The British distance running great is recognised for services to international and national sport and culture in North East England
Brendan Foster has been knighted in the Queen’s Birthday Honours list.
The British distance running great, who founded the Great North Run in 1981, has been recognised for services to international and national sport and culture in North East England.
The honour comes fifty years after Foster first met the Queen, with the 72-year-old having told AW this summer how his successful debut international performance, which saw him receive his Commonwealth 1500m bronze from Her Majesty in Edinburgh (pictured), proved pivotal in his career.
“For British athletics it wasn’t a significant performance but, for me, it was the one that propelled me on to doing other things,” he said. “The Queen presented me with my medal and that was a highlight, obviously.”
Foster went on to claim an Olympic 10,000m medal, win European and Commonwealth titles and break world records before creating the Great North Run and becoming a long-serving BBC commentator.
The Great Run Company now organises many events across the UK, with its flagship race, held between Newcastle and South Shields, having been set to celebrate its 40th edition in 2020 before coronavirus caused its cancellation.
A record 60,000 participants were due to take part in the landmark staging on September 13.
Foster, who was born in Hebburn in 1948, joined Gateshead Harriers at the age of 15 and so began his highly successful career within the sport, including achievements both on and off the track.
He was awarded an MBE in the 1970s before receiving his CBE in 2008.
“It is a real privilege to receive this honour,” Foster said.
“Fifty years ago the Queen presented me with my first athletics medal at the Edinburgh Commonwealth Games. Since then I‘ve been lucky enough to spend my whole life doing something that I’ve loved from childhood: participating, sharing my enthusiasm through broadcasting and for the last forty years encouraging thousands to run for pleasure.
“The North East has always been my home and at the heart of what I do. The overwhelming public support for the Great North Run has made it the flagship event for the region, which is something I’m very proud of.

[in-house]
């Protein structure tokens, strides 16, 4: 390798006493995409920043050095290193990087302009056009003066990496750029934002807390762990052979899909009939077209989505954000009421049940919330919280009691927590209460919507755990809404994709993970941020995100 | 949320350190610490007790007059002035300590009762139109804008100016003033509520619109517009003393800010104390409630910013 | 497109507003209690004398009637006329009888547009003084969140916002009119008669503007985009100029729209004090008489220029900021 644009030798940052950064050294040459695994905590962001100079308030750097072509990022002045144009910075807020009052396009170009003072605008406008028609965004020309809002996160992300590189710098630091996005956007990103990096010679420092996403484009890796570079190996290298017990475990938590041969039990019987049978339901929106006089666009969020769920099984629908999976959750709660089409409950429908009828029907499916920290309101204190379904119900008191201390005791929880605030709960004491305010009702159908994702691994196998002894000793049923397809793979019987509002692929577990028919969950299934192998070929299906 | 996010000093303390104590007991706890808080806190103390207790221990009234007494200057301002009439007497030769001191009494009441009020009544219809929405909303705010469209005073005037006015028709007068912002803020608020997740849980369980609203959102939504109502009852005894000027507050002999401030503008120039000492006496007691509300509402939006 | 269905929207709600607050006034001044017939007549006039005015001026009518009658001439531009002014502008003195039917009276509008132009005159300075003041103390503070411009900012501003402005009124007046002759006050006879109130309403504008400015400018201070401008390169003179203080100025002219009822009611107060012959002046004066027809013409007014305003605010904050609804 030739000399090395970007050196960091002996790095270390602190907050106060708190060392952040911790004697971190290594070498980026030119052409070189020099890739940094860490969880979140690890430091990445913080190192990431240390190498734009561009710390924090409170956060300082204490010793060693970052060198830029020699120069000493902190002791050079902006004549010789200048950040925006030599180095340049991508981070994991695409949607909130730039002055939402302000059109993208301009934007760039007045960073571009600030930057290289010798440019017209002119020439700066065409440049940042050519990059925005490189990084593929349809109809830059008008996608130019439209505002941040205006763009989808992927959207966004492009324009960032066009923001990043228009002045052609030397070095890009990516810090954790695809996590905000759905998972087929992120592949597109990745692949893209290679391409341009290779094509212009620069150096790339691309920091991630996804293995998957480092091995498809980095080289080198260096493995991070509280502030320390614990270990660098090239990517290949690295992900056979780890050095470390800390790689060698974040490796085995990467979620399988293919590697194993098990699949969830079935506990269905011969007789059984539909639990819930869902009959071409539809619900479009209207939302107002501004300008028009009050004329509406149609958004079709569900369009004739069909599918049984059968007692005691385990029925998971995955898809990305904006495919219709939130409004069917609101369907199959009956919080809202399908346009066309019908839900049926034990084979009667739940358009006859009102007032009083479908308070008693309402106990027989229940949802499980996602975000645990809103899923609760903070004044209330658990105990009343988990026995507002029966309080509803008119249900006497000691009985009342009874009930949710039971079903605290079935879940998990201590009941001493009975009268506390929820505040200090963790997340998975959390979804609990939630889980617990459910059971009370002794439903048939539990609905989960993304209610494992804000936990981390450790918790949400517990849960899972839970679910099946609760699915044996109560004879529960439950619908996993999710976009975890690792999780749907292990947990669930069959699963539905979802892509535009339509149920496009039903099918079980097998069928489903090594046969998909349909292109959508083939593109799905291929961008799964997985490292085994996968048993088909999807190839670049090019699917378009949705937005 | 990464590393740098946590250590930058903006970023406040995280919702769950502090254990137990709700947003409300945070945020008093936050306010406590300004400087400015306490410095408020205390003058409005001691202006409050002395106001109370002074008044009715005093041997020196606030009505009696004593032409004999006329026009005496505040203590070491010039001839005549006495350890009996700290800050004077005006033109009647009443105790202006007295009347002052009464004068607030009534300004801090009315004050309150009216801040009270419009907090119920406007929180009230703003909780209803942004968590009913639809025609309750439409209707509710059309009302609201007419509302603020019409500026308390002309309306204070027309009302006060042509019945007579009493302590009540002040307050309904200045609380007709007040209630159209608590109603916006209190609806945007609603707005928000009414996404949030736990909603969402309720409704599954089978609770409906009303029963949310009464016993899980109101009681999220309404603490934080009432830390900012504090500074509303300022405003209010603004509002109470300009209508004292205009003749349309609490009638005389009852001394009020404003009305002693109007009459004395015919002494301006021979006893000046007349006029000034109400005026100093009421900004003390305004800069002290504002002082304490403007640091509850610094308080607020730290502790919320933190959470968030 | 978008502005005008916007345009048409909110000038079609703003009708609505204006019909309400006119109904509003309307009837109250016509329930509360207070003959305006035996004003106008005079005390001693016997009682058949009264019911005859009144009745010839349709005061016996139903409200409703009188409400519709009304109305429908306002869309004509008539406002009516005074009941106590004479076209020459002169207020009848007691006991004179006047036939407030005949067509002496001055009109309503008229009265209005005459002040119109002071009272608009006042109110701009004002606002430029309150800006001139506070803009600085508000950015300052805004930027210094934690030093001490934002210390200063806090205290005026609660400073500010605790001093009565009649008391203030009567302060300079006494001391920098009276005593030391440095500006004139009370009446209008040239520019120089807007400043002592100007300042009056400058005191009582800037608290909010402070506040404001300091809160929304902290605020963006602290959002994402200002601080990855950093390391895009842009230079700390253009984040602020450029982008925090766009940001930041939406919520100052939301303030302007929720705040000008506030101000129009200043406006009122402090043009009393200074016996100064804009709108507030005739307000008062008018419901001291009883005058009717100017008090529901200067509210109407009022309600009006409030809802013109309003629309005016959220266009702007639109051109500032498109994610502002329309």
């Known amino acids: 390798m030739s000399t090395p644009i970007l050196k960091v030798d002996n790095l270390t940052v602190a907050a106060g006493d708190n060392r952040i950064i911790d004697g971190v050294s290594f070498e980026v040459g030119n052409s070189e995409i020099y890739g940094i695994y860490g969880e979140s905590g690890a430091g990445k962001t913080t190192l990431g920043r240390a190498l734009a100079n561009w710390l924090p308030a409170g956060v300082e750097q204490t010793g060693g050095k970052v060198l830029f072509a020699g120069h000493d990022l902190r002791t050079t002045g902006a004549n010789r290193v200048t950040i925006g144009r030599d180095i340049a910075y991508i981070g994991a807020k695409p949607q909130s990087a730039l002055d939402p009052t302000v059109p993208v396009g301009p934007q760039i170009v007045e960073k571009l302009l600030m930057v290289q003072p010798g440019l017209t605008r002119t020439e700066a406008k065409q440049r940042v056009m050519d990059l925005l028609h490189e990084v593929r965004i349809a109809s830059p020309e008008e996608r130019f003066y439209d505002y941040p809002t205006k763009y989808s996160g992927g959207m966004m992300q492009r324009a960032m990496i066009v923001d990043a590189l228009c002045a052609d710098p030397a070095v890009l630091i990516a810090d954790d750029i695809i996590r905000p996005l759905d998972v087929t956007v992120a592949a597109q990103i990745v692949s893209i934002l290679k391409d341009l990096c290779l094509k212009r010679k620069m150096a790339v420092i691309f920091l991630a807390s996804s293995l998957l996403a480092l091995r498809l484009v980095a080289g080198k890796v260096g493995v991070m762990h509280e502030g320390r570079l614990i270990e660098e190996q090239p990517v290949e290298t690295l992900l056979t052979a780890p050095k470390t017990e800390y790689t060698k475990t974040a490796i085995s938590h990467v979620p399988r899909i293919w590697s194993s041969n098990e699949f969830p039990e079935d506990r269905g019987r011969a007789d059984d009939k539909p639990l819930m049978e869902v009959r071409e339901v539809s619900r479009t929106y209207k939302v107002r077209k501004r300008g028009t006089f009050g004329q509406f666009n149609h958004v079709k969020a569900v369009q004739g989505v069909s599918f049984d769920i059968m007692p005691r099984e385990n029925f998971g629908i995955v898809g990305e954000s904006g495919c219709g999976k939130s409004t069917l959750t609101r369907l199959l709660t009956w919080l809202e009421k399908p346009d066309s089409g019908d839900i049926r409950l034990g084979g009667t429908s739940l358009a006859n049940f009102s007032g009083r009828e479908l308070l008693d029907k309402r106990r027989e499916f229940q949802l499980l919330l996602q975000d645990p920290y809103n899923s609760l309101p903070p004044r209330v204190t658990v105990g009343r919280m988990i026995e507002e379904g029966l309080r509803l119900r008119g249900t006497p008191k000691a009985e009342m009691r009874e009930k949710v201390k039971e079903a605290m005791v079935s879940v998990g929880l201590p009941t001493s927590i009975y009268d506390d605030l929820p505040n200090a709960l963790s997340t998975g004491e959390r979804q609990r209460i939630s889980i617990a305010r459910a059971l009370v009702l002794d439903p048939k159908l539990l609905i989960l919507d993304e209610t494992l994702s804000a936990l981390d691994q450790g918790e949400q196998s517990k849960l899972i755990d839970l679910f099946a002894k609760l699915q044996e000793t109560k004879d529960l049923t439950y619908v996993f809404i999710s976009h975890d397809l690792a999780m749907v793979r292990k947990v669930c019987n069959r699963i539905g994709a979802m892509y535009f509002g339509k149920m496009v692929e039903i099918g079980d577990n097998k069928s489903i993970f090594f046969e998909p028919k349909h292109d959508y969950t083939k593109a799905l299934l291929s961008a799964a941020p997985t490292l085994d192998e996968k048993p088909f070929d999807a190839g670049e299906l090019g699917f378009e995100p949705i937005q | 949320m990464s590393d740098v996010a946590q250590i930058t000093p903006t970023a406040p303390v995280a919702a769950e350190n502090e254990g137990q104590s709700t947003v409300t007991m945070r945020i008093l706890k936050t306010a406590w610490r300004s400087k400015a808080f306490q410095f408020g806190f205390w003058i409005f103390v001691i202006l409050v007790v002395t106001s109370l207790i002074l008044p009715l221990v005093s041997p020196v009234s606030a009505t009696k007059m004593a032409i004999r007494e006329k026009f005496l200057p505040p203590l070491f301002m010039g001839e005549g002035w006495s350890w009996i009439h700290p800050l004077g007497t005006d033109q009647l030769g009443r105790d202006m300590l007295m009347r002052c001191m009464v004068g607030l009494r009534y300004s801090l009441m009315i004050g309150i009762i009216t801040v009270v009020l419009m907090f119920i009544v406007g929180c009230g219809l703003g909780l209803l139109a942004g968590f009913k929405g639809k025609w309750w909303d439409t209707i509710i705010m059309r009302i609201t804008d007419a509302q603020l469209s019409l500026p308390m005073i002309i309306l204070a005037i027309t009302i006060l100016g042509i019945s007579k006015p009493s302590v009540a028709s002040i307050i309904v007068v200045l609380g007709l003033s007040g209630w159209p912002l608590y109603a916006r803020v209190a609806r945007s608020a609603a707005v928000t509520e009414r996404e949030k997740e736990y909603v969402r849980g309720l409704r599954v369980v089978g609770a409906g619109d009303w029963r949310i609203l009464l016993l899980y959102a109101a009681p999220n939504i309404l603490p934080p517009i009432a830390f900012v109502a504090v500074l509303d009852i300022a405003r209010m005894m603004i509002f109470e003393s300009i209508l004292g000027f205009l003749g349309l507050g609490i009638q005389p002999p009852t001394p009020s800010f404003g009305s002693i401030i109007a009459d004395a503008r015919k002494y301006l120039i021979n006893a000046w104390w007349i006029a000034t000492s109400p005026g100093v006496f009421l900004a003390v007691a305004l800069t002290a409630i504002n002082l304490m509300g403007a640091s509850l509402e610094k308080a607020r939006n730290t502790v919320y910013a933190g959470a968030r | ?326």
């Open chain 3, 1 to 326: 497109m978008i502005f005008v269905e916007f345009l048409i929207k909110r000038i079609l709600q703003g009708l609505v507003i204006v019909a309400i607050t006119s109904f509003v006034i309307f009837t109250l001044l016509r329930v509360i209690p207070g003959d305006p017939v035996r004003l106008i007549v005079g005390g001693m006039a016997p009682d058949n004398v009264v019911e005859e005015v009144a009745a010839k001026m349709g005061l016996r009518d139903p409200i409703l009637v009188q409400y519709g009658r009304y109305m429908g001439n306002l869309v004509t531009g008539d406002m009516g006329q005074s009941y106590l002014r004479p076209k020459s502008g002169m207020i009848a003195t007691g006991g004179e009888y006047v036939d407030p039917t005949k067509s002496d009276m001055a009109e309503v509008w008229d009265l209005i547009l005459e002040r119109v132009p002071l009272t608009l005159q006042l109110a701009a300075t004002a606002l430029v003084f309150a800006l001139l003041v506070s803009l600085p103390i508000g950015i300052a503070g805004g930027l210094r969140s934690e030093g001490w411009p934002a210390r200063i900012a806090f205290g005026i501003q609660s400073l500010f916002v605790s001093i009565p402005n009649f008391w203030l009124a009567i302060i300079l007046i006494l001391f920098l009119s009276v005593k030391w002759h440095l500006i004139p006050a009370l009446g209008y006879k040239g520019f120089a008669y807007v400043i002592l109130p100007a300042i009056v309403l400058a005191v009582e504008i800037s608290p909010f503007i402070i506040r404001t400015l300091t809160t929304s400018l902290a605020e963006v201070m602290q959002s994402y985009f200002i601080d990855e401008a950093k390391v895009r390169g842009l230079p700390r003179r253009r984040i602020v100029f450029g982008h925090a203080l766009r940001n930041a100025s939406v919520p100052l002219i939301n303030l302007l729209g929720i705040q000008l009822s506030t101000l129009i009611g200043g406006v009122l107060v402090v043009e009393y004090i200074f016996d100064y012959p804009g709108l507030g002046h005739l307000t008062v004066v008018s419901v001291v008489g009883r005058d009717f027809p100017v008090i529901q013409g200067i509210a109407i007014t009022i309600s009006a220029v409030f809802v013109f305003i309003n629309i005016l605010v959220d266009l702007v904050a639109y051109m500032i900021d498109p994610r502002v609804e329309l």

“I have to recognise with thanks the significant contribution of lots of others in the awarding of this honour. It really has been my privilege to work with all those individuals and organisations who’ve shared the journey.”
Also among those recognised in the latest Queen’s Birthday Honours list are Scottish Athletics chair Ian Beattie, who received an MBE for services to athletics, and World Athletics’ executive director for communications Jackie Brock-Doyle, who has been honoured with a CBE for services to sport.
Former international athlete and coach Mike Whittingham, now director of high performance at the Scottish Institute of Sport, receives an OBE for services to sport, while Nairn Road Runners coach Gordon Main and Oxfordshire’s Jill Slatter both gain BEMs.
Involved with the sport for over 35 years, Beattie has held a Scottish Athletics leadership role for eight of those and the governing body’s chief executive Mark Munro said: “I think the Queen’s Honour for Ian is great recognition for all his efforts within athletics in Scotland, Scottish Athletics, the wider sport and physical activity agenda and within mental health.
“Most people will be aware that he has been involved within athletics for over 35 years. He is a competitor, a coach, an event organiser and chair of the board of Scottish Athletics.
“Since Ian was appointed as chair in 2012, he has brought great knowledge and stability to the sport. It has certainly been a great period for the sport at all levels and his efforts have been justifiably recognised at the highest level.”